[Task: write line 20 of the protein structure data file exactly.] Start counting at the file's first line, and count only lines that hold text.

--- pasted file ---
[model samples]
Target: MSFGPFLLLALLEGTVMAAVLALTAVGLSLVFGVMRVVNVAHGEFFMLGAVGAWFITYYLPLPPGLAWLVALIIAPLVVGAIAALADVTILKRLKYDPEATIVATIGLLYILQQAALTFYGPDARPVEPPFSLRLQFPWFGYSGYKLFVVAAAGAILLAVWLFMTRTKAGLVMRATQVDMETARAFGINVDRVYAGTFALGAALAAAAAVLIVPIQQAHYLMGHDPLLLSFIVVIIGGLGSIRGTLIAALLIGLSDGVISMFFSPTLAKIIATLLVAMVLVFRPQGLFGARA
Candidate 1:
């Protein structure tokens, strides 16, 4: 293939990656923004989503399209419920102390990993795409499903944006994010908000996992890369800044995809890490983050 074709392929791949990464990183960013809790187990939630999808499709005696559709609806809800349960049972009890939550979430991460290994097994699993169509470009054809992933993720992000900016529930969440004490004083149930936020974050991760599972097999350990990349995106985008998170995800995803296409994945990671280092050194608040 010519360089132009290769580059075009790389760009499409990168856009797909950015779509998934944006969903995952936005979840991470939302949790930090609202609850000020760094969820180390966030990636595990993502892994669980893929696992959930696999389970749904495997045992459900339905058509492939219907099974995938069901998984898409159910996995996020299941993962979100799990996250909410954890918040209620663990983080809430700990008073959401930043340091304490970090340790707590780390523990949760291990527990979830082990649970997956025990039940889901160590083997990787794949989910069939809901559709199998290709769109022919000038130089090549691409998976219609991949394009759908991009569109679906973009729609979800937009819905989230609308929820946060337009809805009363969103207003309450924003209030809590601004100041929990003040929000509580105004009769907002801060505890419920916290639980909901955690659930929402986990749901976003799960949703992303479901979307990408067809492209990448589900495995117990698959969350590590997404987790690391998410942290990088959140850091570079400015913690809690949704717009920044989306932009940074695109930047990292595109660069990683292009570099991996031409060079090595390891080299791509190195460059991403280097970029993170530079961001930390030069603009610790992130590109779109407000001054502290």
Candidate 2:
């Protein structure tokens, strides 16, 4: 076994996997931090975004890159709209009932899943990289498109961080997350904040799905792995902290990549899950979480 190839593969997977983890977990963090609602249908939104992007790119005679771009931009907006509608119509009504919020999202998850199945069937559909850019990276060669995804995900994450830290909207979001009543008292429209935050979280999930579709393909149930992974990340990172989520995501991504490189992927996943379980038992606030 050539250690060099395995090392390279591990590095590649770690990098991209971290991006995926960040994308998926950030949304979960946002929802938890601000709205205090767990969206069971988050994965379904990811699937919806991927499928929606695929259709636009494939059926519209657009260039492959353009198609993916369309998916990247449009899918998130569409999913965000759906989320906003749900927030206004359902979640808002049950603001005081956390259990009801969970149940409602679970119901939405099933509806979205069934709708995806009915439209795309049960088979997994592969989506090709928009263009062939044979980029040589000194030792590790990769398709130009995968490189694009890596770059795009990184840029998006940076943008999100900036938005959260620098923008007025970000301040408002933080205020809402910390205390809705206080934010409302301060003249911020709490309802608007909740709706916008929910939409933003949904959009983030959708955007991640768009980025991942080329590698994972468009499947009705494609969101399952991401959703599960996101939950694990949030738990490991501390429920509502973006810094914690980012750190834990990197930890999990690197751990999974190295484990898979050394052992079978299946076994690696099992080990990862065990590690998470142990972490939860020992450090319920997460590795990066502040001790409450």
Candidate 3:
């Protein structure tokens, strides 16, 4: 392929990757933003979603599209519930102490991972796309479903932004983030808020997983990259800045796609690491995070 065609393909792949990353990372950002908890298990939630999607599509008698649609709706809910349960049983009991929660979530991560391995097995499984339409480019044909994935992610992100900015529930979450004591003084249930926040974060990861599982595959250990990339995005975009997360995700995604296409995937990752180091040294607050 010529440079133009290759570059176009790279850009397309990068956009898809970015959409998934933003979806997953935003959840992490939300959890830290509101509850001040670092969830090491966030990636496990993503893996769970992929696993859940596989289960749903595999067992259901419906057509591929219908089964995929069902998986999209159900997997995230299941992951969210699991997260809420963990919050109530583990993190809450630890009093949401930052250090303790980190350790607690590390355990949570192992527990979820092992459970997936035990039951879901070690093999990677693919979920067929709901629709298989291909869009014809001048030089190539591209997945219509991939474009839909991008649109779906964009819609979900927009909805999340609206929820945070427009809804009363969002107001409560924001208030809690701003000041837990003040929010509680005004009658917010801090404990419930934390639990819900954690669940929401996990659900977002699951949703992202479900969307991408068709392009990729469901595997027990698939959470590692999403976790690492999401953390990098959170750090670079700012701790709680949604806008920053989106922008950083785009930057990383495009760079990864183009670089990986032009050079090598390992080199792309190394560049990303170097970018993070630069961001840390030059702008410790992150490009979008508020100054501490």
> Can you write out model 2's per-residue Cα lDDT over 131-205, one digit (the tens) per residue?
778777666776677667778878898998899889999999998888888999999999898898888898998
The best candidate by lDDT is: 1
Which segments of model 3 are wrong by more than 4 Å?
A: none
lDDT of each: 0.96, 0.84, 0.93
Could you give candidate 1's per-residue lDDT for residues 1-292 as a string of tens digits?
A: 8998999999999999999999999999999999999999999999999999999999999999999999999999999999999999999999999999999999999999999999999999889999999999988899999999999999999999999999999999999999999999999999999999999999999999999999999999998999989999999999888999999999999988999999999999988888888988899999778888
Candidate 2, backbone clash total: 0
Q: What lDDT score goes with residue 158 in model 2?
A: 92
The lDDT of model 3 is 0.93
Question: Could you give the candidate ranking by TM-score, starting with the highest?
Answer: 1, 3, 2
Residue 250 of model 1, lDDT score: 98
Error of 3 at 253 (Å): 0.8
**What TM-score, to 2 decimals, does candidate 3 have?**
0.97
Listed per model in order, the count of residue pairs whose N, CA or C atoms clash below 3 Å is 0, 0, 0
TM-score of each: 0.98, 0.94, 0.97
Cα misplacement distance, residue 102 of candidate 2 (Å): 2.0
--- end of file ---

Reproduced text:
The lDDT of model 3 is 0.93